And it is this nuanced portrayal that endears the audience to the film’s Del Pilar, and one of the elements that gives it heart. Suddenly, the hero of Tirad Pass becomes a familiar figure: that popular boy from school, well-dressed and charming, his locker filled to the brim with love notes and hate mail from admirers. The boy general’s humanity is given its due, evident in his relationships (which are wonderfully fleshed out onscreen), his shortcomings, and how he is haunted by past traumas.

But the pinnacle—literally and figuratively speaking—of his hero’s journey is when he runs up Tirad Pass after reading the contents of Remedios Nable Jose’s (Gwen Zamora) final letter. “It reminded him of who he was,” shares Avelino. “Del Pilar was downtrodden because he had made so many mistakes, disappointing Aguinaldo and the rest of his men. The letter made him remember that he was a soldier and that he had to do his duty.” Rocha adds, “It was a beautifully filmed epiphany—you see him transform into a hero running up to meet his destiny.”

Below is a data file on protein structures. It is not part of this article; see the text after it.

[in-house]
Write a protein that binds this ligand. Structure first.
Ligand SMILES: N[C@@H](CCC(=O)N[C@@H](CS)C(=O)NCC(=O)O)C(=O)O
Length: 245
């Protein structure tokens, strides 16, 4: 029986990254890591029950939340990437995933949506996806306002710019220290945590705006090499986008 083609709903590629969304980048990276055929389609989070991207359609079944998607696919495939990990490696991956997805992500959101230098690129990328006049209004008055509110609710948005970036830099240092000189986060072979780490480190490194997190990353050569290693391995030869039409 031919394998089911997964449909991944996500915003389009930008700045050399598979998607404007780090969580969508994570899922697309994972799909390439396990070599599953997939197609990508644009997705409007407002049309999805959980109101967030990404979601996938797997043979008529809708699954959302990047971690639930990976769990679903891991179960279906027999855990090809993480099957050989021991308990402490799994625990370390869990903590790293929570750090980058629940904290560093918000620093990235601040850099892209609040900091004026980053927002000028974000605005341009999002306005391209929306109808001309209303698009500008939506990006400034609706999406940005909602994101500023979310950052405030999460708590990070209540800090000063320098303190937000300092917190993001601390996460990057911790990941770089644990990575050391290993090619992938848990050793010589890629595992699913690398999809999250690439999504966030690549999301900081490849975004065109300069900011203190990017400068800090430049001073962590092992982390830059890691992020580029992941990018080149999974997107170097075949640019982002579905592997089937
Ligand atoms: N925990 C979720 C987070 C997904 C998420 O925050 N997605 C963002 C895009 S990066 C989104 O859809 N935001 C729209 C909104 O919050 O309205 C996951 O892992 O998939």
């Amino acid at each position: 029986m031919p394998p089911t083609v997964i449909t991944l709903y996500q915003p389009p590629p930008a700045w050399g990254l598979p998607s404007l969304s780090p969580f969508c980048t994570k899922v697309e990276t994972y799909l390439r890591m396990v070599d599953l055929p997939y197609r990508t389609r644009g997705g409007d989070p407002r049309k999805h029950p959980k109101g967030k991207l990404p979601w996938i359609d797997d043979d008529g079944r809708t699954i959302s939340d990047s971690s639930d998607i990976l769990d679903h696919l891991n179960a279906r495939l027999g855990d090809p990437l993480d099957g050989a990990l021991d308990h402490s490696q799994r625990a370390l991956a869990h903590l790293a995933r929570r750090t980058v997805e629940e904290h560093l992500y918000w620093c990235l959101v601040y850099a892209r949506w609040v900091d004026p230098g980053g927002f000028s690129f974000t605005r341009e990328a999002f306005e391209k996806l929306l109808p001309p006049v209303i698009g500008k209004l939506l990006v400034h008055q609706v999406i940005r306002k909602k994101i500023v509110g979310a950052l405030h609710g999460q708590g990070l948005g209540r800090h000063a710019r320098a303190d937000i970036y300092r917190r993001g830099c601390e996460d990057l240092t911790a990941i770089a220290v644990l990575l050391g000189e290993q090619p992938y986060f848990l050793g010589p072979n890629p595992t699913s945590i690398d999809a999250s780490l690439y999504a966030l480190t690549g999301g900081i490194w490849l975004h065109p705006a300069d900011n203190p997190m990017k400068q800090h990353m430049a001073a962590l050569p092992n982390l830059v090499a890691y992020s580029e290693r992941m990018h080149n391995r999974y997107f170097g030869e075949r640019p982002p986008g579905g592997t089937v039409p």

Luna or Me?

Though the actor Mon Confiado has never been issued a directive to portray Emilio Aguinaldo as a villain, the first president was quick to earn the ire of audience members for his role in the assassination of Luna. Serving as a crucial function of the narrative in both the first and second films in Tarog’s trilogy (and he will be at the forefront of the Quezon biopic) the complexities of Aguinaldo’s character are always worth discussing. In Goyo, the former general—seemingly less confident as a president governing his republic rather than a soldier leading his troops into battle—is an ambitious man struggling to outsmart the wheel and deal of the Americans, but, in Rocha’s words, “one that was often fooled because he was listening to the wrong people.”